The Supreme Court has disposed of petitions filed by a telecom industry body and Idea Cellular Ltd, which sought cancellation of Tata Teleservices Ltd’s GSM licences and inclusion of its spectrum in auctions.
The Cellular Operators Association of India, industry body representing GSM operators, had argued that TTSL’s spectrum was allotted through the same press release issued on January 10, 2008, which led to the cancellation of 122 licences.
Idea Cellular in its petition sought that the Supreme Court should direct the government to take back TTSL’s 83.6 MHz GSM spectrum and put up the “entire freed-up” spectrum of 514.8 MHz on auction.
The apex court in February 2012 had cancelled all licences issued on January 10, 2008, citing irregularities in the allocation process.
The telecom regulator did not include TTSL’s spectrum in the ‘freed-up’ spectrum as there was confusion about the spectrum held by duel technology players.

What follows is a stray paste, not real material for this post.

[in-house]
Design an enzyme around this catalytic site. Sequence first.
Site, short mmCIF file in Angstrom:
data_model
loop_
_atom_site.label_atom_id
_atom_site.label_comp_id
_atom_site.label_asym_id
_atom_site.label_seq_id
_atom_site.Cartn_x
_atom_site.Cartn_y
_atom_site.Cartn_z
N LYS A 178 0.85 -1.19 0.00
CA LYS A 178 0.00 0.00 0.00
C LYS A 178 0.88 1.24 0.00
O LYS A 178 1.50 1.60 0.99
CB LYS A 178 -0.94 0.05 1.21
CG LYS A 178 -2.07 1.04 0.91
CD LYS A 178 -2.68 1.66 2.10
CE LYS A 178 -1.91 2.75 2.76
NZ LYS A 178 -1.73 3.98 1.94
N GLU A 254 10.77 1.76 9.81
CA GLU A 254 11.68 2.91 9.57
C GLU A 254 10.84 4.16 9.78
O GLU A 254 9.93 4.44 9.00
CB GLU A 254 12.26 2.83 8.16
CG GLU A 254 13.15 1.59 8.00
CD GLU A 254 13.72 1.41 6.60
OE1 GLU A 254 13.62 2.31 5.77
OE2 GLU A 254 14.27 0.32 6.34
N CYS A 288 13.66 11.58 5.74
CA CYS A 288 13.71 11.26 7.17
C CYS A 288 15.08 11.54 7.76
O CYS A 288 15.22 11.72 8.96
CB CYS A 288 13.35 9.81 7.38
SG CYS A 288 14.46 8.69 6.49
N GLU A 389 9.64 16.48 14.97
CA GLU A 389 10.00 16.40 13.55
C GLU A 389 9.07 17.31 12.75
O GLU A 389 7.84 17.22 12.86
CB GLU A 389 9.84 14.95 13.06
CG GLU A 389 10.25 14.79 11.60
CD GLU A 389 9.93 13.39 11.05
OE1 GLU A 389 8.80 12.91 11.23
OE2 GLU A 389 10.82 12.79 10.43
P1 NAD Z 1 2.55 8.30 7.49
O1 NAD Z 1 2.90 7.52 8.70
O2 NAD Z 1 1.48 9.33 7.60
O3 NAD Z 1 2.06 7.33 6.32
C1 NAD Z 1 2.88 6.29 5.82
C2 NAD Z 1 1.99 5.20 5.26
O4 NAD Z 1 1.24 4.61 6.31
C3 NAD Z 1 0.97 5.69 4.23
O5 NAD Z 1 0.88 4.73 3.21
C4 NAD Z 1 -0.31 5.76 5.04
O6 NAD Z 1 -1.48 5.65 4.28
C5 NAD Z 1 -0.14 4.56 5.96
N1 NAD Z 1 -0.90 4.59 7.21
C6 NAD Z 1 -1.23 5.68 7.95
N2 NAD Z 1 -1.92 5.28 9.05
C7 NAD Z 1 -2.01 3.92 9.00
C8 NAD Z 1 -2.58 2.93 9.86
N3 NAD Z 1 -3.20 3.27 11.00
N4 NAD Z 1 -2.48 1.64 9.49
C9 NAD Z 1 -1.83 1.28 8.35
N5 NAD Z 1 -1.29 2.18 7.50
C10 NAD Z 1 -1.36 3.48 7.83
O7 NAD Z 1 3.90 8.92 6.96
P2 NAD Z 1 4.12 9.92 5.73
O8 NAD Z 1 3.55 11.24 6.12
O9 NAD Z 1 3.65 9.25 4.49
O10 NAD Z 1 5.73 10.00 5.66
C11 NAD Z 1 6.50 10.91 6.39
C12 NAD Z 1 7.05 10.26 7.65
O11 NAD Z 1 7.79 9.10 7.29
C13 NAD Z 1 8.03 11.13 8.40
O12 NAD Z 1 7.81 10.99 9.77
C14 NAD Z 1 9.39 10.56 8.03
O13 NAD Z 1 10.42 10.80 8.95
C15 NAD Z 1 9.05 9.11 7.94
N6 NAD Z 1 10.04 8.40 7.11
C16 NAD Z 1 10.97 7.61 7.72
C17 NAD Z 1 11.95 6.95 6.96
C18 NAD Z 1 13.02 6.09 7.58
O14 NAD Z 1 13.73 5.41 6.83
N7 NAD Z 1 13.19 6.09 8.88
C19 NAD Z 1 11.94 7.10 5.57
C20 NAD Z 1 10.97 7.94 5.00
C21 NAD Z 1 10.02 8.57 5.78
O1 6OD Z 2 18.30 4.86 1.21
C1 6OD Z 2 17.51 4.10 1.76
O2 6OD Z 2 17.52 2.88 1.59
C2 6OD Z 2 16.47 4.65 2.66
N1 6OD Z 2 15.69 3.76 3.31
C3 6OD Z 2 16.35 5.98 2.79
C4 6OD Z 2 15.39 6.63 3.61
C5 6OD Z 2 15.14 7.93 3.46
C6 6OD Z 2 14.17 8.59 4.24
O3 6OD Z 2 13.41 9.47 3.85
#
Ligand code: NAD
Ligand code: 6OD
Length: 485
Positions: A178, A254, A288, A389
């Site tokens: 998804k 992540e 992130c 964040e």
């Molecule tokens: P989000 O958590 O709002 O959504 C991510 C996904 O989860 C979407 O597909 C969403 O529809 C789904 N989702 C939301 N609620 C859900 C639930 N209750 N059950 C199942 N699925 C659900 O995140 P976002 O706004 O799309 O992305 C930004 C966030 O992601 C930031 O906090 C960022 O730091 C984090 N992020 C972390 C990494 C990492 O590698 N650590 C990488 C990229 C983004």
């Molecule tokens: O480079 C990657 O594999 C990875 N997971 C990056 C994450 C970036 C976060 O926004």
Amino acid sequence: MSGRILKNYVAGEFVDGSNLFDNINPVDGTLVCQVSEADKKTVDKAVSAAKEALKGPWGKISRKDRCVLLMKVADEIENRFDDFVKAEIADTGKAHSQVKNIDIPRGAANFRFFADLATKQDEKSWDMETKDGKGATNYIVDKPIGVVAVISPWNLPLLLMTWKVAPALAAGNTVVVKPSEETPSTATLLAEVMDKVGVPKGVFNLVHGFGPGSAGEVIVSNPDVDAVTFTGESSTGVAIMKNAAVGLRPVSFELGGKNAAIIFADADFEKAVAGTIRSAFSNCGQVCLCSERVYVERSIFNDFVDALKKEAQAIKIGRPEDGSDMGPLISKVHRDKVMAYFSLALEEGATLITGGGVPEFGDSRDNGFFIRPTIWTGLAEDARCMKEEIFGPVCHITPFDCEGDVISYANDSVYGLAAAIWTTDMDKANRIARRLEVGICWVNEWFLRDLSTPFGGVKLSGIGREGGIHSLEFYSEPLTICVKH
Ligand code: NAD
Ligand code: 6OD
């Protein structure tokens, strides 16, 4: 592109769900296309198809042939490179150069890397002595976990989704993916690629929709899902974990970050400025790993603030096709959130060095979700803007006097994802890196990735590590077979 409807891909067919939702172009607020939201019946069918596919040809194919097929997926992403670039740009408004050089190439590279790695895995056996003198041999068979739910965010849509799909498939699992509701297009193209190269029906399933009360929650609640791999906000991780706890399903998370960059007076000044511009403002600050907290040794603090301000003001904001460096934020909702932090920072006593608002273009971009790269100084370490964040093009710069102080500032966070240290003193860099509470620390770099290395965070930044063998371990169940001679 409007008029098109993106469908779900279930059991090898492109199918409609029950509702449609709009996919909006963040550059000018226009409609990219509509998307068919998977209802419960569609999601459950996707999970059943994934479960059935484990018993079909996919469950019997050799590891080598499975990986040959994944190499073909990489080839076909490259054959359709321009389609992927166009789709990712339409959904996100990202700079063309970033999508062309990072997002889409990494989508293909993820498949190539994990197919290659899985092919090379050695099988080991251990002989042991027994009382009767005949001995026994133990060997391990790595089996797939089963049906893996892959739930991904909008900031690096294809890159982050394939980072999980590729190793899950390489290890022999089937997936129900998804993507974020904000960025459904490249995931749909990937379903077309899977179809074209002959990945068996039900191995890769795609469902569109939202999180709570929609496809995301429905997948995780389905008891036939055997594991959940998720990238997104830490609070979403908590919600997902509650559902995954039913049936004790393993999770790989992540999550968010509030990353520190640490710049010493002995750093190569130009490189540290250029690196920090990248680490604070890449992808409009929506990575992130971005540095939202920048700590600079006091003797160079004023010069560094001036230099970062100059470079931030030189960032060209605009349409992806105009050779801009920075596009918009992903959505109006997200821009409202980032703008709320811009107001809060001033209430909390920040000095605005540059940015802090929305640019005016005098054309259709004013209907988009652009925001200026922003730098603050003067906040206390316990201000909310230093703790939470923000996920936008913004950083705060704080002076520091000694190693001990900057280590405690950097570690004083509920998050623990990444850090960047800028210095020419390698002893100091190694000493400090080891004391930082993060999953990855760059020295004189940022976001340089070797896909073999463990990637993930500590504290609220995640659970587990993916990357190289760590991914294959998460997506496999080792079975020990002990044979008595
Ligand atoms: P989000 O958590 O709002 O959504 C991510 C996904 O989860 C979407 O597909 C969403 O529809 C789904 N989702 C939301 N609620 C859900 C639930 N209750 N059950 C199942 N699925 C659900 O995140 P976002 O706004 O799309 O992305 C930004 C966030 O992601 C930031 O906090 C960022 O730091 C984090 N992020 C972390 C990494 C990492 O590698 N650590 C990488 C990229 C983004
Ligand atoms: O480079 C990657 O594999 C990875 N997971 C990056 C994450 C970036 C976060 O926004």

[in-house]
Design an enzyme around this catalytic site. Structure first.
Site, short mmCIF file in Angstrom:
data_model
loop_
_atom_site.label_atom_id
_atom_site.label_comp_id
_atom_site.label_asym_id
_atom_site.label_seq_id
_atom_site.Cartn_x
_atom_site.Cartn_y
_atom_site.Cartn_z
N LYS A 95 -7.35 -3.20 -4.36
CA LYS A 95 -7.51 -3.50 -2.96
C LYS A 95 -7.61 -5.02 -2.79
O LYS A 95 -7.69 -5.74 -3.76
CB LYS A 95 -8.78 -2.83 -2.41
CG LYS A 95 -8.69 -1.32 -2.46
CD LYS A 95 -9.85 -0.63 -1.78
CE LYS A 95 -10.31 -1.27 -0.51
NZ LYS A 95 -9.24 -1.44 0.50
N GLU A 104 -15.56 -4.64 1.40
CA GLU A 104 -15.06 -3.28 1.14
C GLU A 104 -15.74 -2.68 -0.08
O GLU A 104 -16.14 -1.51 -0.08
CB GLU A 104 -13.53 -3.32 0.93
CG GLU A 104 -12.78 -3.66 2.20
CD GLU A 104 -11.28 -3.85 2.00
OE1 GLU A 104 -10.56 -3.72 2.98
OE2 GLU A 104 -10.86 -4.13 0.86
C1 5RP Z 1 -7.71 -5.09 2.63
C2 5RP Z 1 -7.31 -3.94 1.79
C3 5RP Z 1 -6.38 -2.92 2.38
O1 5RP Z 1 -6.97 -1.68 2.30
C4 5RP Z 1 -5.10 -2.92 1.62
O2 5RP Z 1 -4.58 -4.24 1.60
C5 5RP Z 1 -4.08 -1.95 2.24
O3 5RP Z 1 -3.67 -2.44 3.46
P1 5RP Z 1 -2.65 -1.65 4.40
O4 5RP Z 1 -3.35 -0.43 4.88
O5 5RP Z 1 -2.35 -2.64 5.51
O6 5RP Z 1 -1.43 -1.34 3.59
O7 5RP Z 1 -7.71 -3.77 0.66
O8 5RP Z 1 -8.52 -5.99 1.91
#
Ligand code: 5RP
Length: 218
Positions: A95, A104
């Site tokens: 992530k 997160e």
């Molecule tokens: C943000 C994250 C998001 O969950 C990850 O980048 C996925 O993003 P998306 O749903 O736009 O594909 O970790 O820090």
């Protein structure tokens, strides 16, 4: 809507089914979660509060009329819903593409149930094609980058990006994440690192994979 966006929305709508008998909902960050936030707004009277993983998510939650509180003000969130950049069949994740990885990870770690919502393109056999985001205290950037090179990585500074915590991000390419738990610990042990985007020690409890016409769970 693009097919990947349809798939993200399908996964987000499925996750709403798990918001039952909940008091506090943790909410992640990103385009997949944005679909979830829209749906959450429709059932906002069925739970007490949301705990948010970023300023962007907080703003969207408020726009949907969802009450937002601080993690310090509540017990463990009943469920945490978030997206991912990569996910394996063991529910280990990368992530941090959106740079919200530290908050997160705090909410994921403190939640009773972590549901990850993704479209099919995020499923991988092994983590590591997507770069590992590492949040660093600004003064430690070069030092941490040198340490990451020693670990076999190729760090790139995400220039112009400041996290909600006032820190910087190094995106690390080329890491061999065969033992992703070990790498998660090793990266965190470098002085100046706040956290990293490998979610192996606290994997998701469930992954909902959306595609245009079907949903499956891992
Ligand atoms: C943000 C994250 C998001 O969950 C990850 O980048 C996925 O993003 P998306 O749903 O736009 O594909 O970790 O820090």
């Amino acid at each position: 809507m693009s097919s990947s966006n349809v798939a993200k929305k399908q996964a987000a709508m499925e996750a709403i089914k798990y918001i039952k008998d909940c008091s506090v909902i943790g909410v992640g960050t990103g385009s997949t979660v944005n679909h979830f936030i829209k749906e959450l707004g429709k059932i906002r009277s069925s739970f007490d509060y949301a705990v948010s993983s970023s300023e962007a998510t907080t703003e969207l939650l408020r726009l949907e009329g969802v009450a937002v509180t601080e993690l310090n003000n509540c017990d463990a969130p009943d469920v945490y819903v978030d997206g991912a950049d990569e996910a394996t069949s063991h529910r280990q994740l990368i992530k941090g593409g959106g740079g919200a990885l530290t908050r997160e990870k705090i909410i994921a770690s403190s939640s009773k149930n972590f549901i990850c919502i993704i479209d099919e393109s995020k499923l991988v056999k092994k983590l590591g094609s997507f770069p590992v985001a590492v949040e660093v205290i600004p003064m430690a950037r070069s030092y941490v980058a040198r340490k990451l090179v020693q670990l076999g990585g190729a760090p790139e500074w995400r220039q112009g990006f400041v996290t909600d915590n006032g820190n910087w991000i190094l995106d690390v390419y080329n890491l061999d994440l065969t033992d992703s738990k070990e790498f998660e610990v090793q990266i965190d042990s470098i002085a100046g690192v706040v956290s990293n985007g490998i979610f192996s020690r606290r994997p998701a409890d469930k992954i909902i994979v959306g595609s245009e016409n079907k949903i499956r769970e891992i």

TTSL holds both CDMA and GSM spectrum.
TTSL got its CDMA licences way before 2008, but got permission to own GSM spectrum after this date.
In the order passed on Monday, apex court judges G S Singhvi and K S Radhakrishnan, referring to an earlier detailed order, passed on February 15, said: “No further order is required to be passed in this petition and the same is disposed of as such.”
On February 15, the Supreme Court had rejected the curative petitions of Sistema Shyam, Videocon Telecommunication, TTSL and Idea that sought setting aside of the court’s February 2, 2012 order on cancellation of licences.
The Supreme Court disposed of the petitions because TTSL was not allotted new licences.
It got the GSM spectrum after an amendment in the Unified Access Service Licence that allowed the use of dual technology.
Responding to the petitions by COAI and Idea, the department of telecommunications had filed an affidavit in the Supreme Court on September 20, 2012, stating the decision to permit the use of dual technology by these companies required no interference as the GSM licences the company held were different from those cancelled by the verdict in the 2G case.